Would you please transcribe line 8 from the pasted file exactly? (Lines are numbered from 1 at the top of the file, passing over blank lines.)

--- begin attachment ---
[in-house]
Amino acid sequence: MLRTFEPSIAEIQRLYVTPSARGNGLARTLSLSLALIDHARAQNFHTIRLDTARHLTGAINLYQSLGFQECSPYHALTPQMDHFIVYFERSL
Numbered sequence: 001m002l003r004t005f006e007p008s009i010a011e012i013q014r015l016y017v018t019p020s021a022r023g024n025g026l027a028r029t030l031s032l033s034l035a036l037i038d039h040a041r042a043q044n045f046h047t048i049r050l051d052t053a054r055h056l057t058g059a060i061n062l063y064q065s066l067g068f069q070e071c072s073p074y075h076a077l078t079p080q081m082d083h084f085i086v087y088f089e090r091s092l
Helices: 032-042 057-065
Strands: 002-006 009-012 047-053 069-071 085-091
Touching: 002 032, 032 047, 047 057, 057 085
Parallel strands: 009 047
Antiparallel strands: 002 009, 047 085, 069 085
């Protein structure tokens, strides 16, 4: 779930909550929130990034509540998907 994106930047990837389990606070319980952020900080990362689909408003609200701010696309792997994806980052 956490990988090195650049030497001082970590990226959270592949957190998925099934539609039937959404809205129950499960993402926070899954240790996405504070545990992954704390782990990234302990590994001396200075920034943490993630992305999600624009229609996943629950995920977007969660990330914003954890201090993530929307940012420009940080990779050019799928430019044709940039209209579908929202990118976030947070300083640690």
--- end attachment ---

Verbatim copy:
Antiparallel strands: 002 009, 047 085, 069 085